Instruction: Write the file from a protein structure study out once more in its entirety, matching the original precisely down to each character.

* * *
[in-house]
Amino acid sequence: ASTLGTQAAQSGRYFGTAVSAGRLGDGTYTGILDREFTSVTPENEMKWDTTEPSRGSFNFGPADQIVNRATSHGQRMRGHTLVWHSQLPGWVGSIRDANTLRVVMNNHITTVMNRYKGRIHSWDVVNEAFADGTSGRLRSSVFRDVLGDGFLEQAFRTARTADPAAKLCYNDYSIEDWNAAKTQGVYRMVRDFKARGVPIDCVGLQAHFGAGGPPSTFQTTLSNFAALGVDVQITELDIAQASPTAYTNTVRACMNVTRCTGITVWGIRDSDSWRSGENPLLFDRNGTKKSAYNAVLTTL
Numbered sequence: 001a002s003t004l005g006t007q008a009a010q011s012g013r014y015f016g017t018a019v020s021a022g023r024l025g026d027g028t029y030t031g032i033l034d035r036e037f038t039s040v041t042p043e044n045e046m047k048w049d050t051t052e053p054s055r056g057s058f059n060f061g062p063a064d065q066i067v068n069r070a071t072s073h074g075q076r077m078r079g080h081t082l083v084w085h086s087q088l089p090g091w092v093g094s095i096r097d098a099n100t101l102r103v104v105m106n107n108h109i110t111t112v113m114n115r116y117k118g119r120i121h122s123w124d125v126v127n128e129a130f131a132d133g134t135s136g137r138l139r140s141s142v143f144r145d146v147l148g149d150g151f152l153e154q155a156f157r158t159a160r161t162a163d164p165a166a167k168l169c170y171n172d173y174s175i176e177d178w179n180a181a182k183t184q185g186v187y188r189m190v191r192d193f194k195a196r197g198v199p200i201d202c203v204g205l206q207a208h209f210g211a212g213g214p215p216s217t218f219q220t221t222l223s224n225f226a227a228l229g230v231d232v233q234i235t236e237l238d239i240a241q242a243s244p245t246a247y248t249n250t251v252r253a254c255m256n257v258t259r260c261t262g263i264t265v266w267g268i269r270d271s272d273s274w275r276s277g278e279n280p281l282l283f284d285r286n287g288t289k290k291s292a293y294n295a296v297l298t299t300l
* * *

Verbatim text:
[in-house]
Amino acid sequence: ASTLGTQAAQSGRYFGTAVSAGRLGDGTYTGILDREFTSVTPENEMKWDTTEPSRGSFNFGPADQIVNRATSHGQRMRGHTLVWHSQLPGWVGSIRDANTLRVVMNNHITTVMNRYKGRIHSWDVVNEAFADGTSGRLRSSVFRDVLGDGFLEQAFRTARTADPAAKLCYNDYSIEDWNAAKTQGVYRMVRDFKARGVPIDCVGLQAHFGAGGPPSTFQTTLSNFAALGVDVQITELDIAQASPTAYTNTVRACMNVTRCTGITVWGIRDSDSWRSGENPLLFDRNGTKKSAYNAVLTTL
Numbered sequence: 001a002s003t004l005g006t007q008a009a010q011s012g013r014y015f016g017t018a019v020s021a022g023r024l025g026d027g028t029y030t031g032i033l034d035r036e037f038t039s040v041t042p043e044n045e046m047k048w049d050t051t052e053p054s055r056g057s058f059n060f061g062p063a064d065q066i067v068n069r070a071t072s073h074g075q076r077m078r079g080h081t082l083v084w085h086s087q088l089p090g091w092v093g094s095i096r097d098a099n100t101l102r103v104v105m106n107n108h109i110t111t112v113m114n115r116y117k118g119r120i121h122s123w124d125v126v127n128e129a130f131a132d133g134t135s136g137r138l139r140s141s142v143f144r145d146v147l148g149d150g151f152l153e154q155a156f157r158t159a160r161t162a163d164p165a166a167k168l169c170y171n172d173y174s175i176e177d178w179n180a181a182k183t184q185g186v187y188r189m190v191r192d193f194k195a196r197g198v199p200i201d202c203v204g205l206q207a208h209f210g211a212g213g214p215p216s217t218f219q220t221t222l223s224n225f226a227a228l229g230v231d232v233q234i235t236e237l238d239i240a241q242a243s244p245t246a247y248t249n250t251v252r253a254c255m256n257v258t259r260c261t262g263i264t265v266w267g268i269r270d271s272d273s274w275r276s277g278e279n280p281l282l283f284d285r286n287g288t289k290k291s292a293y294n295a296v297l298t299t300l